How Dental Implants Preserve Jawbone?

Losing teeth can be unpleasant and cause you to feel self-conscious about the way your smile appears. However, failing to replace lost teeth could place your mouth at risk for additional medical problems even if you treat the root cause of tooth loss.

Dental implants have more significant restorative advantages than detachable oral appliances, particularly for the jaw, and can be used by patients as a permanent tooth replacement. If you are thinking of replacing your missing tooth with a dental implant, contact Lakeview, Chicago dental practice.

How do dental implants help preserve jawbone?

Teeth that grow below the gum line in a healthy dental patient generate a root that stimulates and preserves the jawbone’s durability and rigidity. When someone loses a tooth, their tooth root is also eliminated, and the jaw is not stimulated anymore.

The jawbone can start to deteriorate in the absence of this tooth root. Both the look of face drooping and the incorrect positioning of any remaining teeth could result from this bone loss. This is the way your dental health may decline until your dentist steps in to help.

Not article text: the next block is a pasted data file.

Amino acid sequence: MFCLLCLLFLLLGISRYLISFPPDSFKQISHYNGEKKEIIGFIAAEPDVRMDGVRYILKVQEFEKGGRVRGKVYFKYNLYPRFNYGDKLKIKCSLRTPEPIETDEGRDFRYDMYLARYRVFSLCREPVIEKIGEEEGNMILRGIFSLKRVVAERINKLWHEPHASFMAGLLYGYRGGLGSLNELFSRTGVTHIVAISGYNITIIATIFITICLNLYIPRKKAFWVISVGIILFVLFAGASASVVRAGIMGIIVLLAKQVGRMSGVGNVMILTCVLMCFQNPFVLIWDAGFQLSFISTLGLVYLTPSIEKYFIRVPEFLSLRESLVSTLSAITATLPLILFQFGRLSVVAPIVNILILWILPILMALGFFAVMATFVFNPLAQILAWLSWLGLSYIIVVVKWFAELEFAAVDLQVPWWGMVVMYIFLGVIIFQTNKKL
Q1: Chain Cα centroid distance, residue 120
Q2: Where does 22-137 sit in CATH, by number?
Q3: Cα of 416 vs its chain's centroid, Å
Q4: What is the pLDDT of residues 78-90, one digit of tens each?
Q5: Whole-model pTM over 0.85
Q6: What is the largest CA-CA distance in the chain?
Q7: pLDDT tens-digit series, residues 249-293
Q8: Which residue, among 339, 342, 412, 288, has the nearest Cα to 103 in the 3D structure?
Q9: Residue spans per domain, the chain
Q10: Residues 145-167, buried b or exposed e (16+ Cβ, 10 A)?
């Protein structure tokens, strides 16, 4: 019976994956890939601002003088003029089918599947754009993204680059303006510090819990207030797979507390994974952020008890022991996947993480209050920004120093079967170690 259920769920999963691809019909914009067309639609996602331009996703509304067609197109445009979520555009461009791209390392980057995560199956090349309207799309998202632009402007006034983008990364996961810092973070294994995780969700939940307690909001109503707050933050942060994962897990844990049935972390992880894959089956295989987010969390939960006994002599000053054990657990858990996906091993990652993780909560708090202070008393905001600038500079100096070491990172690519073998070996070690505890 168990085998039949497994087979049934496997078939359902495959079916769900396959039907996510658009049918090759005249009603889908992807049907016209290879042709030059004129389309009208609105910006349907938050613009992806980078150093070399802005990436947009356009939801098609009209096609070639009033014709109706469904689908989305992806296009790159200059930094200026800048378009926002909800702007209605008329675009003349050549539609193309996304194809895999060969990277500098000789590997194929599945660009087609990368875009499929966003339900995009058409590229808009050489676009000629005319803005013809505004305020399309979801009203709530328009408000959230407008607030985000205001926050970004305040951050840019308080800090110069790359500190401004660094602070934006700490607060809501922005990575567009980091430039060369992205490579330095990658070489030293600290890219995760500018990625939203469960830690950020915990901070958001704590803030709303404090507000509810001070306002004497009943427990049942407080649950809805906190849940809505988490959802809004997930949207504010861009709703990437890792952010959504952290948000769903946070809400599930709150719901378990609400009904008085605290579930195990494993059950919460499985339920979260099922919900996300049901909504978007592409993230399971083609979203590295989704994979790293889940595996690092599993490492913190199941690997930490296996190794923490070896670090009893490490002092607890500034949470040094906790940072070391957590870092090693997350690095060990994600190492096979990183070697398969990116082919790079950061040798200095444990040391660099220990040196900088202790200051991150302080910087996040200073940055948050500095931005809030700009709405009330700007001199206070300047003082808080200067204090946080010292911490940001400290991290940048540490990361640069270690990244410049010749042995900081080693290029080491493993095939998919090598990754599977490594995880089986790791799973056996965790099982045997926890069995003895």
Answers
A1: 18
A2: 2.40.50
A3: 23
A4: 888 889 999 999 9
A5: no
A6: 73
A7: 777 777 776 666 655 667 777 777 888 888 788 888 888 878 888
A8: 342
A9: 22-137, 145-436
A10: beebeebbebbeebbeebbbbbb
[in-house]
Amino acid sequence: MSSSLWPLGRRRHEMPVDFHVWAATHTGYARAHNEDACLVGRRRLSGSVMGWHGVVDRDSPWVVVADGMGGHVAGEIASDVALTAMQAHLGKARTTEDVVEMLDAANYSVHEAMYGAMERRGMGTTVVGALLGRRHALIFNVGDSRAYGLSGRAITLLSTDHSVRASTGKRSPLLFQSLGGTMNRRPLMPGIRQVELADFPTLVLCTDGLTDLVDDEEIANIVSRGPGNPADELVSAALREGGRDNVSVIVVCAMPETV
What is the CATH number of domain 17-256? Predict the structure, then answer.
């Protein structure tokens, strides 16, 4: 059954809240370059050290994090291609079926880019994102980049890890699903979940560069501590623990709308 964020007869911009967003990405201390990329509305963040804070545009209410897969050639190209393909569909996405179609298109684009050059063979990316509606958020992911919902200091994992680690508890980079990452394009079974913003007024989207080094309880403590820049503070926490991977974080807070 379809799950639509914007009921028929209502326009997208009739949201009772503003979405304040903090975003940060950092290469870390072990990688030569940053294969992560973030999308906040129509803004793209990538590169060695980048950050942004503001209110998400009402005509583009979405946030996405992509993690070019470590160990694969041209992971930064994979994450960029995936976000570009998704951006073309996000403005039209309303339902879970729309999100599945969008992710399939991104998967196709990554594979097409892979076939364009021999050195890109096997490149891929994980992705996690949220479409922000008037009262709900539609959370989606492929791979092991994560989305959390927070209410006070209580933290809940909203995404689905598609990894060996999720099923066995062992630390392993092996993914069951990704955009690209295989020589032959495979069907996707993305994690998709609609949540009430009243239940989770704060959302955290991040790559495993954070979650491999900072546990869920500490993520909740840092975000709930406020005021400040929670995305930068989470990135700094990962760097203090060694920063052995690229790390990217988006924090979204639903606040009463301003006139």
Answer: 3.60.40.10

How do dental implants stop jawbone deterioration?

Patients can receive artificial teeth above the gum line using removable tooth replacement alternatives like dentures, but this will not stop their jawbones from deteriorating. In order to support prosthetic teeth, dental implants use titanium post anchors that have to be inserted surgically into the jaw.

Because the anchors serve as a replacement for the missing tooth root, the jaw receives stimulation once again. This therapy can promote the growth of missing bone and stop the deterioration of the jaw. Because the anchors connect with the jaw and provide lifetime therapeutic advantages, it is also a permanent dental remedy.

Can your jaw support dental implants?

After a tooth breaks down, dental implants preserve the jawbone and restore its strength and stability. However, in cases where excessive breakdown of bone takes place after tooth loss, your jaw might not possess enough rigidity to sustain the anchors of dental implants.

During a consultation session, your dentist can use X-ray imaging to evaluate the stability and structure of your jaw. In order to build up the jawbone and make it more capable of holding up a dental implant, they might suggest having a bone transplant surgery. They could recommend a different tooth replacement option if this is not possible.